IBM targets Malaysian Unix server market

Already at the top of the overall Malaysian server market, IBM Malaysia Sdn Bhd will now focus on the Unix server segment with the launch of its latest midrange server models, the IBM eServer p620 and p660.

Already at the top of the overall Malaysian server market, IBM Malaysia Sdn Bhd will now focus on the Unix server segment with yesterday’s launch of its latest midrange server models, the IBM eServer p620 and p660.

KUALA LUMPUR (iStar) – Market research firm IDC’s industry roundup for the year 2000 reported that IBM shipped 42.1% of the total servers sold locally, followed by Sun Microsystems (25.5%) and Hewlett-Packard (16.5%).

A total of 2,127 servers, valued at US$134.2mil (RM510mil), were shipped in Malaysia last year.

However, when it comes to the Unix segment of the market, Sun came in tops (36.5%), followed by HP (23.6%) and IBM (23.1%).

On a worldwide basis, IDC estimated that the Unix server segment, which Sun also dominates, to be worth US$29bil (RM110.2bil) last year. It grew 14% on a year-to-year basis. The Windows server market grew 31% to US$13.9bil (RM52.8bil), while the IBM-dominated mainframe market shrank 18% to US$3.9bil (RM14.8bil).

IDC also said that IBM remains the overall worldwide server market leader (US$13.6bil or RM51.7bil), followed by Sun (US$10.3bil or RM39.1bil) and Compaq (US$10bil or RM38bil).

Meanwhile, the deskside p620 and rack-mounted p660 are the first servers to use IBM’s Silicon-On-Insulator (SOI) technology. Microprocessors with SOI are supposed to run up to 35% faster and at much lower temperatures than traditional aluminium chips, which will boost server uptime.

Additionally, both models incorporate the IBM-pioneered copper microprocessor technology that was first used in the company’s eServer line.

Copper is supposed to provide better performance than aluminium, which is traditionally used for chips, as it is a better electrical conductor.

Big Blue claims that the p660 is the “world’s fastest six-way server,” as it managed 57,346.93 transactions per minute in the TPC-C transaction-processing benchmark.

TPC-C benchmarks are conducted by the Transaction Processing Performance Council, a San Jose, California-based independent organisation.

The p660 and p620 also uses “Chipkill” technology, which is supposed to eliminate memory failures – the most common cause of server downtime.

IBM said that Chipkill is 100 times more effective than the error checking technologies used by many server vendors. If a memory error occurs, Chipkill automatically takes the inoperable chip offline while allowing the server to continue running.

The starting prices of the p620 and the p660 are RM106,300 and RM125,200 respectively.

The local launches of the two new server models were accompanied by Big Blue’s unveiling of AIX 5L Version 5.1, IBM’s implementation of the Unix operating system, which the company billed as “the next generation in Unix.”

AIX 5L will help customers build and manage both Unix and Linux-based applications.IBM continued its intense rivalry with bitter competitor Sun, calling the latter’s products “outdated and expensive.”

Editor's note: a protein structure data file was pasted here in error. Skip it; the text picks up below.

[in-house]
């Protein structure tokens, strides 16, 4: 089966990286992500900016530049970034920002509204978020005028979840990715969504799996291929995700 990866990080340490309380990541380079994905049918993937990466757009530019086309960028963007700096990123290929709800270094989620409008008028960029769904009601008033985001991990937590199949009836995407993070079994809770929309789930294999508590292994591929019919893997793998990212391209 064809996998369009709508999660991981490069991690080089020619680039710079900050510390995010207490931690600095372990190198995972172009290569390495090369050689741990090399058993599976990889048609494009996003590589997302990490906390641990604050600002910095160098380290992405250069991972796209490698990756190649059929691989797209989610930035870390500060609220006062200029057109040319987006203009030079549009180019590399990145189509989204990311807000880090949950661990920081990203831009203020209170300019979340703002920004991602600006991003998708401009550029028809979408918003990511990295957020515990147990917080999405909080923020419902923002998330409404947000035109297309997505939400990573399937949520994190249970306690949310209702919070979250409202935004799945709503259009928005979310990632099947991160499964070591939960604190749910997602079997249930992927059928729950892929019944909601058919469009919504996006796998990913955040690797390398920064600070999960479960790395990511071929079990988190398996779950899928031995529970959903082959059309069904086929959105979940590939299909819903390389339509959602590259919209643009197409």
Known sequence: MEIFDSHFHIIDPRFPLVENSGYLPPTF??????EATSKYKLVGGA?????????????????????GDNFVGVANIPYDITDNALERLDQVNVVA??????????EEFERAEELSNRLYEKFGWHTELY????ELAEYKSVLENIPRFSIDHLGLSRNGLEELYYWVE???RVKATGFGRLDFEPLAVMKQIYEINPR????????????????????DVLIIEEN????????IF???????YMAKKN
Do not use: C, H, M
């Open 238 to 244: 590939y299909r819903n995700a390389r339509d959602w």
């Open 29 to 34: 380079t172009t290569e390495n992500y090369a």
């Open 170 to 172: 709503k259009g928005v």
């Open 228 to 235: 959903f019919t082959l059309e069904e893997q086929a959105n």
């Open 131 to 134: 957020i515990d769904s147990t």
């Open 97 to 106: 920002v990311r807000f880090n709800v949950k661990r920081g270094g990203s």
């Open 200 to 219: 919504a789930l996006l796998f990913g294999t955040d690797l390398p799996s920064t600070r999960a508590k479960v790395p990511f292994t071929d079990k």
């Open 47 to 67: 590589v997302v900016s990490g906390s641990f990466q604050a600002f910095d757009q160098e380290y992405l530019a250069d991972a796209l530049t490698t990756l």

“We’re the largest server company in the world, and we intend to remain so. We also intend to be the largest in the Unix market,” said Albert Bunshaft, webserver sales vice-president of IBM Asia Pacific Service Corp.

He said that in the Asia Pacific region, IDC reported that IBM had “trounced the competition” as its market share for servers during the first quarter of this year “grew 8% on a year-to-year basis, while HP and Sun both lost 8% and 5% respectively.”

Bunshaft believed that the two main reasons for IBM’s growth were its “open nature” and the “completeness” of its solutions.

“IBM solutions are not proprietary – Sun’s offerings are purely proprietary and its Solaris servers are its only solutions – and we don’t just offer boxes. Instead, we offer complete and customised solutions that are very attractive for the marketplace,” he claimed.

Quoting an IBM press release, he took a swipe at Sun by saying that the recently announced Sun Fire 3800 is “up to 88% more expensive, consumes three times more electricity, and generates tremendous amounts of heat.”

IBM’s argument is based on published product specifications available at www.ibm.com and www.sun.com; a 4-way IBM eServer p660 with 4GB of memory, a 36GB disk, a DVD/CD-ROM and tape drive costs US$92,885 (RM352,963), while a similarly-configured Sun Fire 3800 costs US$174,445 (RM662,891).

For other performance comparisons, go to www.sun.com/ servers/midrange/sunfire3800/ specs.html and www-1.ibm.com /servers/eserver/pseries/hard ware/midrange/p660.html.

The Sun Fire was also derided as “one of the industry’s costliest platforms for running key software applications” since it required more processors to achieve a certain level of performance.

At press time, Sun Microsystems (M) Sdn Bhd could not be reached for comment.

IBM has been locked in a bitter feud with Sun for the server market over the past several months. IBM’s latest server launches come after Sun last month launched new systems using its UltraSPARC III chips and reduced the pricing for some of its older server models.

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